A preliminary investigation of the decision making process towards match fixing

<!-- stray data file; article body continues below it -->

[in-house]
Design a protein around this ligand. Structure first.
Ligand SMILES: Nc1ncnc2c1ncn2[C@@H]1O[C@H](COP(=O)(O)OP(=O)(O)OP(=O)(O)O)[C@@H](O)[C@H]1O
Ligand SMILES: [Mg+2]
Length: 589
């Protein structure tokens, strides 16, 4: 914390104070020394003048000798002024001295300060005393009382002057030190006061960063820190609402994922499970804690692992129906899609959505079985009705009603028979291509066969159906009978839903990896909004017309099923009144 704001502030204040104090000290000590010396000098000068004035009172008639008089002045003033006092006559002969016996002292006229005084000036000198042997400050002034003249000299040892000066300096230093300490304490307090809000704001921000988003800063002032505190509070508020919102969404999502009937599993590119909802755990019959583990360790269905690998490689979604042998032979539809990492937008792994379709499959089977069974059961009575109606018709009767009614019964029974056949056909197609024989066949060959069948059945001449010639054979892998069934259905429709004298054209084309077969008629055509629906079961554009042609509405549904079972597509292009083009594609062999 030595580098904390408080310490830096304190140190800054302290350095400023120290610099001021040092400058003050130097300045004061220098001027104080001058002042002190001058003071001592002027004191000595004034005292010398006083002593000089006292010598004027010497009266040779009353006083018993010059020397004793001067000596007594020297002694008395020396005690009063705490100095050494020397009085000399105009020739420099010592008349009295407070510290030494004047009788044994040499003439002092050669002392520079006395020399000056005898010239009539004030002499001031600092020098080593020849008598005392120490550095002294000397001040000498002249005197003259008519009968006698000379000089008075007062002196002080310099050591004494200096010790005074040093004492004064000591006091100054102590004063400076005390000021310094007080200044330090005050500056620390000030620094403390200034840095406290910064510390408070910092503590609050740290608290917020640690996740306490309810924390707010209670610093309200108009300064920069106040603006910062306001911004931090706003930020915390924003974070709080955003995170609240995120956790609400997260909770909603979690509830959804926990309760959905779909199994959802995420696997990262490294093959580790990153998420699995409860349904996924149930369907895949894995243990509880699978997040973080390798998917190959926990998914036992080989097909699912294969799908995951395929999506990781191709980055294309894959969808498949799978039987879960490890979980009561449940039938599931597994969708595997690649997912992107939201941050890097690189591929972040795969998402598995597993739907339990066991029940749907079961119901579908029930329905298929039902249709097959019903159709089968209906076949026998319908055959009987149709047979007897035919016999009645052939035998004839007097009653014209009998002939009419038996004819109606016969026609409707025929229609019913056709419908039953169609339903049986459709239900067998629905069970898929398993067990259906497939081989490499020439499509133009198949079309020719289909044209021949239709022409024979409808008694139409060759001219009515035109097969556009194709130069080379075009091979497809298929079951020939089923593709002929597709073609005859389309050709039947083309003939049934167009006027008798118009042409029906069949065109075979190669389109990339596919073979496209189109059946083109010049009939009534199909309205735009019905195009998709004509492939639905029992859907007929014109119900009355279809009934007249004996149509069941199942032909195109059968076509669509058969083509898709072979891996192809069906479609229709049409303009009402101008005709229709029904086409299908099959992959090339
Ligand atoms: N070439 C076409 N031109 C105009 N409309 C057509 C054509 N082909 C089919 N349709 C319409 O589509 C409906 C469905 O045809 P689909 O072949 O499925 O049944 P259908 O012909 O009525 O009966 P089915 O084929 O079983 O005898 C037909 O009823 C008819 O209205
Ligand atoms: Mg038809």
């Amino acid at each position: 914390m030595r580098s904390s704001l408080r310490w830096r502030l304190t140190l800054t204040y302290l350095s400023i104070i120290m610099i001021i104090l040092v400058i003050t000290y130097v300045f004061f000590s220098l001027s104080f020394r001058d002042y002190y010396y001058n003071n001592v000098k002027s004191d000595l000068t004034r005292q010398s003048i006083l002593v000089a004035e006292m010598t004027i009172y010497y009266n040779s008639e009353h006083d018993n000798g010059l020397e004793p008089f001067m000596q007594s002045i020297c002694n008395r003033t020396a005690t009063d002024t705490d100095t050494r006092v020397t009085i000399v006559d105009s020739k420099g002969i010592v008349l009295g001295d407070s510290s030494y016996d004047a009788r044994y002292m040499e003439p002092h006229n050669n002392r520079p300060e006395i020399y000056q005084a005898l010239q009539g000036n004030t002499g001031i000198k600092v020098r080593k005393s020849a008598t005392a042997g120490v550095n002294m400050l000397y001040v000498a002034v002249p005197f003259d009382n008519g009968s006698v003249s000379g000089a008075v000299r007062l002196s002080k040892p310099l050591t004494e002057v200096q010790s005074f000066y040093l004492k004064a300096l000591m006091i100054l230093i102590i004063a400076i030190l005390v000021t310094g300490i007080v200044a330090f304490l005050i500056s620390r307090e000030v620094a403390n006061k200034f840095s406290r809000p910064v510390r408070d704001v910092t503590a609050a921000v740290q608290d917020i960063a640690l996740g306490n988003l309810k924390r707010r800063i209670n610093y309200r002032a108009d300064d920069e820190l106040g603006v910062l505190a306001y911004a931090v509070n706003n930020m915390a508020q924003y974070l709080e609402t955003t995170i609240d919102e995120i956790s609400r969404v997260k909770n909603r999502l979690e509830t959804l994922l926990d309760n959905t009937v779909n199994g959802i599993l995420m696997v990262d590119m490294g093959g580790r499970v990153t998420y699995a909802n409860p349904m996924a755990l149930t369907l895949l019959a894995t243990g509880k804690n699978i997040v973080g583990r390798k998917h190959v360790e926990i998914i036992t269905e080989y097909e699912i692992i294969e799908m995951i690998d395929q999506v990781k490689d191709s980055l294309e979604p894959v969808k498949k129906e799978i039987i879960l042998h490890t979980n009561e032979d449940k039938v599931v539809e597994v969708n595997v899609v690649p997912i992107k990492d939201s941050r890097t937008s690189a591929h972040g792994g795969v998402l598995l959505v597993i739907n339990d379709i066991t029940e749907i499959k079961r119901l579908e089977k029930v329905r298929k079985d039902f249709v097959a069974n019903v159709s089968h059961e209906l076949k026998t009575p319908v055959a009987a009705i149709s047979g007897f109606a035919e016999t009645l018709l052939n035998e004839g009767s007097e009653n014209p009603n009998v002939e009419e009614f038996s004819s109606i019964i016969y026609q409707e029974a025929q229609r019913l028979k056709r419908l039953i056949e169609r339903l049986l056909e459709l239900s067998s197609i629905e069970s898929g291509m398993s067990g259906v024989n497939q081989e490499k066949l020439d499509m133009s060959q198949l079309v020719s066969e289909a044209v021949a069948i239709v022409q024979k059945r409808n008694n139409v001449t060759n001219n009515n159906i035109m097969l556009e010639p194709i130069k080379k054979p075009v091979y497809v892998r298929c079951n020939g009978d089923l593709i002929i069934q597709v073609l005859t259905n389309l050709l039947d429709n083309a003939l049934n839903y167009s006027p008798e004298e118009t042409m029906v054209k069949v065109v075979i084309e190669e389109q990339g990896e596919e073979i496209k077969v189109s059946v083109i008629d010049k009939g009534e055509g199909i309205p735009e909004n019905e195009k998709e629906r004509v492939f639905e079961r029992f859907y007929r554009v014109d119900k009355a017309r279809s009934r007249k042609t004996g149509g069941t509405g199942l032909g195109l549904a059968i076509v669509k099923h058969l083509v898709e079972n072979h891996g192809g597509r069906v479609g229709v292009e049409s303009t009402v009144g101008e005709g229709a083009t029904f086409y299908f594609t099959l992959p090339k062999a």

Match fixing represents a major threat to sport integrity and action is needed to tackle this phenomenon across levels and types of sport. The present study examined, for the first time, the psychological factors associated with athletes’ intentions to engage in match fixing, by utilizing the Theory of Planned Behaviour. Ninety nine athletes from team sports (M = 21.98 years, SD = 2.25) participated in the study and completed a survey measuring the variables of TPB (i.e., attitudes, subjective norms, perceived behavioural control, and intentions). The results of the analyses indicated that approximately 30% of the athletes reported that have been engaged in a match that they believe was fixed, and intentions to engage in match fixing were significantly associated with perceived social approval of match fixing among referent others. Further analysis showed that athletes with prior experience of match fixing also perceived stronger social norms in favor of match fixing as compared to athletes without such experience. Our findings are novel and have implications about the role of social norms in understanding and preventing match fixing in sport, and we provide specific recommendation for future studies and policy-making in this area.
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